This document introduces the field and resources of Diability Studies for interested teachers.Disability Studies for Teachers is a web-based resource for teachers who want to introduce students in social studies, history, literature, and related subjects in grades 6-12 to disability studies and disability history. Resources on this site also can be adapted for use in postsecondary education. The project prepares lesson plans, essays, and teaching materials. It also draws on and contains links to
Force and Strategy
This course examines the political, economic,military, and ethical factors affecting the use and utility of military force in international relations. Students will study the political and decision-making process by which nations decide to use military force as well as the major arms control agreements of the post-World War II period, including negotiations currently under way.
This course examines contemporary theory and research on the development of intellectual processes from infancy through adolescence. It compares cognitive-developmental theories and research to psychometric,information-processing, and other approaches. The final project, the metahobby project, fosters the student's ability to think theoretically and apply good theory in professional and personal ways.
Intelligent User Experience Engineering
The course Intelligent User eXperience Engineering (IUXE) is given for the master programme 'Media and Knowledge Engineering' and for students from other master programmes. The aim is to achieve an understanding and practical experience of key principles, methods and theories in the area of intelligent user experience engineering. Study Goals: Knowledge of a basic, coherent approach for developing software systems in such a way that the systems' users can accomplish their goals effectively and e
During the first kinetics lecture, we traced the efforts of atmospheric chemists to explain the depletion of ozone in the upper atmosphere. (The powerpoint slides have been posted on Blackboard for your review.) U2 spy planes gathered much of the initial data that linked ClO in the stratosphere to the ozone depletion. The data collected during these flights showed the concentrations of various chemical species in the stratosphere, but did not measure how fast the processes were occurring. To det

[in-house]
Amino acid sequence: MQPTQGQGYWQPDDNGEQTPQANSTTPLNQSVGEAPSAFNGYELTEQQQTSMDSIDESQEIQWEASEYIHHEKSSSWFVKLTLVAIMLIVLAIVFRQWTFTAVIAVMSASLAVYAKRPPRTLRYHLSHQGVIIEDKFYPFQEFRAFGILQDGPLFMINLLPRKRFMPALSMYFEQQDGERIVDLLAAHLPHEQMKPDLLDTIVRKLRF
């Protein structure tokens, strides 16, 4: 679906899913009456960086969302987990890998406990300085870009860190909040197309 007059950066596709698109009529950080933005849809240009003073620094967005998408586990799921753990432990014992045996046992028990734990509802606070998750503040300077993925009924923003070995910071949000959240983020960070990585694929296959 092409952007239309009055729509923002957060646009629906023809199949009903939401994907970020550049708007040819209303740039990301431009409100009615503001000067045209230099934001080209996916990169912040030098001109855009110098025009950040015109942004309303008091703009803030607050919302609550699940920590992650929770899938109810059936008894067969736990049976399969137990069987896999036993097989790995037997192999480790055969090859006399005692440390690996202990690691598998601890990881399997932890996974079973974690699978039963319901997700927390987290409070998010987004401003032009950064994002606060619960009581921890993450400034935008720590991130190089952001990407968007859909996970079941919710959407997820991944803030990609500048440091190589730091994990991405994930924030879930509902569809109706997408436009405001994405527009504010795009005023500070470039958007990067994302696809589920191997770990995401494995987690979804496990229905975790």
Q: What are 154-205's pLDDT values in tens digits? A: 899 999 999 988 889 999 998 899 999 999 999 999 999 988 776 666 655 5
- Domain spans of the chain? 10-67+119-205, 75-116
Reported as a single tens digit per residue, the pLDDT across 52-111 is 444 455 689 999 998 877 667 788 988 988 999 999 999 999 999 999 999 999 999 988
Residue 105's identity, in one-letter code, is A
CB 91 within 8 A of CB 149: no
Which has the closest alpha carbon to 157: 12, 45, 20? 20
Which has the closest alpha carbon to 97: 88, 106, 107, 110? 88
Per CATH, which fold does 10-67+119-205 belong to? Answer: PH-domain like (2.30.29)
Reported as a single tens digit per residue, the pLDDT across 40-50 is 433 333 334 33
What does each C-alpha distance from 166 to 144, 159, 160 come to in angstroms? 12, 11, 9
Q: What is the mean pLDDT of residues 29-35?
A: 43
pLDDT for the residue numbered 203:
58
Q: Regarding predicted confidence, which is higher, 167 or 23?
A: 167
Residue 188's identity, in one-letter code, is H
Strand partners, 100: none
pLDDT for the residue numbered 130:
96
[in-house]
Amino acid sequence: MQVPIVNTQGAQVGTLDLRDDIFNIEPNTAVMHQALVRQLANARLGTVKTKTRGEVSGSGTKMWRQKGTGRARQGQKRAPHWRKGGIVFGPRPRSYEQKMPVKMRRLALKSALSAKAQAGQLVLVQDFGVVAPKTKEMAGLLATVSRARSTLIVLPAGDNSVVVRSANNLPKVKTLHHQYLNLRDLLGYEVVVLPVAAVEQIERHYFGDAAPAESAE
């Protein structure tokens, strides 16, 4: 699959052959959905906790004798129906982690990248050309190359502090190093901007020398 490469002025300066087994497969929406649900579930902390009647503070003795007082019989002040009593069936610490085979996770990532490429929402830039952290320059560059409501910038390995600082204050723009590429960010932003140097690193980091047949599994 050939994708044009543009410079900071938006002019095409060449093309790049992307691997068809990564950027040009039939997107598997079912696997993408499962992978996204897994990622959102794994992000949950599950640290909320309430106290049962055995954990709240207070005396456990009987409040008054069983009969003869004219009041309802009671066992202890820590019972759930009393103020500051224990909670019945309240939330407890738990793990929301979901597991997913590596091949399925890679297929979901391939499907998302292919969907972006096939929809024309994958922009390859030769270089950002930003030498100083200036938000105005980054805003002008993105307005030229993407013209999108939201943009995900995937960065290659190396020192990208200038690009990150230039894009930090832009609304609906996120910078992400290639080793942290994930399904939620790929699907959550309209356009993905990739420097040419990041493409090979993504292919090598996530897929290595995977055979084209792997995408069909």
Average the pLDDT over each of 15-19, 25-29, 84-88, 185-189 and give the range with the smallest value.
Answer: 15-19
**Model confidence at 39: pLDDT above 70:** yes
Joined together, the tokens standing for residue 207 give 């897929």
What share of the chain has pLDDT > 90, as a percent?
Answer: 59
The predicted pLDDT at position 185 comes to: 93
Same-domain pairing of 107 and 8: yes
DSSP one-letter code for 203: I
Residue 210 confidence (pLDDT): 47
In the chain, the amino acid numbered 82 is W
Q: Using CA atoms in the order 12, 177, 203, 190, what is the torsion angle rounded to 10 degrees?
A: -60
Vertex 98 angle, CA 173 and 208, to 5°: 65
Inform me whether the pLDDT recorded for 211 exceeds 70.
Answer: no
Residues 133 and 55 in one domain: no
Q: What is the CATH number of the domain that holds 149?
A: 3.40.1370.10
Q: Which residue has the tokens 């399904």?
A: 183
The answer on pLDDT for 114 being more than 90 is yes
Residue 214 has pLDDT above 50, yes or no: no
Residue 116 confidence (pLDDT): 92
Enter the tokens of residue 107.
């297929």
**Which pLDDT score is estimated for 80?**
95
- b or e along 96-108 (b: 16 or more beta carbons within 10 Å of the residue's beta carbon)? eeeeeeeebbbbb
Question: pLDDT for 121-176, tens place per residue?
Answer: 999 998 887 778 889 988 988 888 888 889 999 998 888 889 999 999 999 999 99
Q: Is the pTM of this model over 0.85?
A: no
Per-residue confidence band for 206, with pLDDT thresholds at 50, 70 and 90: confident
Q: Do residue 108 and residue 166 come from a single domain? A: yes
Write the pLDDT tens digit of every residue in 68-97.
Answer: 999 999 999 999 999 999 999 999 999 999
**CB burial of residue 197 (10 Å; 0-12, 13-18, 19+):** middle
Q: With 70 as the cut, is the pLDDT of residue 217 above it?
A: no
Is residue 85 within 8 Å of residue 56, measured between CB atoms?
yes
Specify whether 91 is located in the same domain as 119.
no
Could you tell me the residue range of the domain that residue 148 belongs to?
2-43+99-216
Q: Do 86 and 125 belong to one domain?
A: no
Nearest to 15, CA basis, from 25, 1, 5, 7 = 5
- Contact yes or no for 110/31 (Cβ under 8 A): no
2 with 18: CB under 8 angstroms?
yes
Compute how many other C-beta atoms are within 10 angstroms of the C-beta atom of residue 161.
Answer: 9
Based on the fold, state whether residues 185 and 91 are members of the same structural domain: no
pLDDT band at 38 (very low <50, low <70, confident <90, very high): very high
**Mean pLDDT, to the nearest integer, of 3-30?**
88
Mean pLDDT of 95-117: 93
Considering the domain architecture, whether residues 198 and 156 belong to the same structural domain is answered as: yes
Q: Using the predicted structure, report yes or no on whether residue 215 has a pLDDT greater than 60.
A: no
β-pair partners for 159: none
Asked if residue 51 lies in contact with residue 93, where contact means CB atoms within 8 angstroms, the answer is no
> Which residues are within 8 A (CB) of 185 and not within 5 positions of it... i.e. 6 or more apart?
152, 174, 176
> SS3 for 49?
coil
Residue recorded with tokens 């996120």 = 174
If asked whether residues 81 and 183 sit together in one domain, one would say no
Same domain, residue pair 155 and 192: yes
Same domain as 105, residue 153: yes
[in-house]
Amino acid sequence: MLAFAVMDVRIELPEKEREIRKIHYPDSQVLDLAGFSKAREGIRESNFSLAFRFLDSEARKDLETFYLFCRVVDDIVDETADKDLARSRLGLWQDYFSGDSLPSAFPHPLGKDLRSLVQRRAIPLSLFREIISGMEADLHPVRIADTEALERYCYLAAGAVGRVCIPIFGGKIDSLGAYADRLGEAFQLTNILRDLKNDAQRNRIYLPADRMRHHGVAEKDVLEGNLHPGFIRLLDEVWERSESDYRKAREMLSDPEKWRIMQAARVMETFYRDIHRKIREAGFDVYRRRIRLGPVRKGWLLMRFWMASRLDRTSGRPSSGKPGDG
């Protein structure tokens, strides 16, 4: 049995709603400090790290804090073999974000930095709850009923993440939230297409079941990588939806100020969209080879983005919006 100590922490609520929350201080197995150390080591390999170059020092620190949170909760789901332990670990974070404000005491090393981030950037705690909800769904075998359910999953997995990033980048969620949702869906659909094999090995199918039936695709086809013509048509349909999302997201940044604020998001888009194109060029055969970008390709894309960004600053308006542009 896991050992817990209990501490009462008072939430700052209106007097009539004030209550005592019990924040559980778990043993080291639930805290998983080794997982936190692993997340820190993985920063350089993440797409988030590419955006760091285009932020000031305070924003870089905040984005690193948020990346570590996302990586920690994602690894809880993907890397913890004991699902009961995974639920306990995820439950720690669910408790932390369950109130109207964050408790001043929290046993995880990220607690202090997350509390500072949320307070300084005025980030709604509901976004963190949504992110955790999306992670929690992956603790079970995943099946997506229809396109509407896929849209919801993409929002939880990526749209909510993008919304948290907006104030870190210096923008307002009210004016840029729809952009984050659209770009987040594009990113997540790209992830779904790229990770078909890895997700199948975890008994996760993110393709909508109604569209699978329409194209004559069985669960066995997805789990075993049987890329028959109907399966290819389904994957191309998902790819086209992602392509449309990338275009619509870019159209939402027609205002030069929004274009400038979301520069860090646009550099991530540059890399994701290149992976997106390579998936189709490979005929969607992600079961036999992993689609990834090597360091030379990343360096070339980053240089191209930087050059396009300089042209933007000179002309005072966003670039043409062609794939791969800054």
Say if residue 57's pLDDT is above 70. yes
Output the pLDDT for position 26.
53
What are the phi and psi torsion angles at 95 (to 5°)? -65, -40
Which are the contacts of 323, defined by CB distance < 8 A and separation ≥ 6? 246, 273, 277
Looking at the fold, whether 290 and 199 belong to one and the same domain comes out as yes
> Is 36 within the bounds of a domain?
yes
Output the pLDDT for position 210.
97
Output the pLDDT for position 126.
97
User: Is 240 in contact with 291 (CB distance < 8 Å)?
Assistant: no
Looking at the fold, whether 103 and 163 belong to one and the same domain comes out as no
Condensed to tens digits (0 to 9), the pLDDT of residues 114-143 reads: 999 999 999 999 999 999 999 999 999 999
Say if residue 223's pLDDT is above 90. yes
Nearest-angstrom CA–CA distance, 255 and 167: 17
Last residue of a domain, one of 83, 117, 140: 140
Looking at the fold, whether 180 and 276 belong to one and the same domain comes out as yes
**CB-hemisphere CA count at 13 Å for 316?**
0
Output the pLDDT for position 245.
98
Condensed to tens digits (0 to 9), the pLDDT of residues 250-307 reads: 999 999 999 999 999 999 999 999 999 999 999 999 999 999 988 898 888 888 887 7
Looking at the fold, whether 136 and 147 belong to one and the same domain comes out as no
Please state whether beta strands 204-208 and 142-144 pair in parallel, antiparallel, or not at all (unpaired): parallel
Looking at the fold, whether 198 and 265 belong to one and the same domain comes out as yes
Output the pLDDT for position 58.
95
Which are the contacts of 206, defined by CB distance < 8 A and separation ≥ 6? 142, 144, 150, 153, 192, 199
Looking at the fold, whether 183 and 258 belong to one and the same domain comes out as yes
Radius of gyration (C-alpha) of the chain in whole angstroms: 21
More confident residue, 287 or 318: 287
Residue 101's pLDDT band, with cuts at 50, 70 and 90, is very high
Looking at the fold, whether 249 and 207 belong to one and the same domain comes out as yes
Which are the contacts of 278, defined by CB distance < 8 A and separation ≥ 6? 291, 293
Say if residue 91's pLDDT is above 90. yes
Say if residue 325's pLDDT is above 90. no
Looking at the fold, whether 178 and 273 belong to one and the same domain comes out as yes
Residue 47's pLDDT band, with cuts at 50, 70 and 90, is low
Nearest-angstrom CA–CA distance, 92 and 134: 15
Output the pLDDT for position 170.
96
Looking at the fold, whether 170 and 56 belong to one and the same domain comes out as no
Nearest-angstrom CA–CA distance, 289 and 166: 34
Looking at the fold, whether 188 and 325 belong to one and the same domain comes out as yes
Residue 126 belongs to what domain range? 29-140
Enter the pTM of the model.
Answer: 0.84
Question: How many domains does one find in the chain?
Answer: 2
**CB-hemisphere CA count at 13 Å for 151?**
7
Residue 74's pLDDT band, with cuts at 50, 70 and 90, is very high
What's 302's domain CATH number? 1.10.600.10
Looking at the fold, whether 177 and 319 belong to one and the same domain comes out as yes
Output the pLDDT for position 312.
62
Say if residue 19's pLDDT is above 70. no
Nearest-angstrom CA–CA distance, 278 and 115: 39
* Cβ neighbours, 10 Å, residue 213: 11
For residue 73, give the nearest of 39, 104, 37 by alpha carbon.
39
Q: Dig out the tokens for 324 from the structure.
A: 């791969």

Guidelines for Teaching Middle and High School Students to Read and Write Well
Most classroom teachers work hard planning lessons, choosing materials, teaching classes, working with individual students, and assessing student progress. Yet some schools and teachers seem to be more successful than others. What makes the difference? This booklet is designed for middle and high school teachers and administrators who wish to improve their English programs. Guidelines for Teaching Middle and High School Students to Read and Write Well draw upon a series of research reports and c
Changes in Southern Politics
The political landscape in the South underwent significant change during the twentieth century. Political and social change in Southern states was directly connected to some of the landmark events of American history, particularly the Civil Rights Movement. An understanding of the role of politics in the South is essential to comprehension of the history and culture of the region. The oral histories in this site illuminate changes in Southern politics from the end of the Civil War up to the pre
Civil Disobedience and Political Change in the 1960s
Students will compare and contrast "Civil Disobedience" and "Nonviolent resistance" during the Civil Rights era in N.C.. They will analyze changes in North Carolina during the postwar period to the 1970's and assess the political and social impact of the Civil Rights movement on local, state and national levels.
Comparing and Contrasting Political Change through Map Making
In this lesson, students will work in cooperative groups to compare and contrast the following presidential elections: 1876, 1896, 1948, 1964, 1972, 1980, and 2008 through the creation of political maps. In addition, each group will provide explanations of campaign platforms for different political parties, voting patterns, and why the election is important for understanding changes in Southern Politics. Students will then present their map and detailed explanations to the class.
Busing for Integration vs. Neighborhood Schools
This lesson plan will introduce students to the political, social, and economic issues surrounding school desegregation using oral histories from those who experienced it firsthand. They will learn about the history of the "separate but equal" U.S. school system, the 1971 Swann case which forced Charlotte-Mecklenburg Schools (CMS) to integrate, and the recent decision to discontinue busing for racial integration in Charlotte-Mecklenburg. They will compare and contrast neighborhood schools with s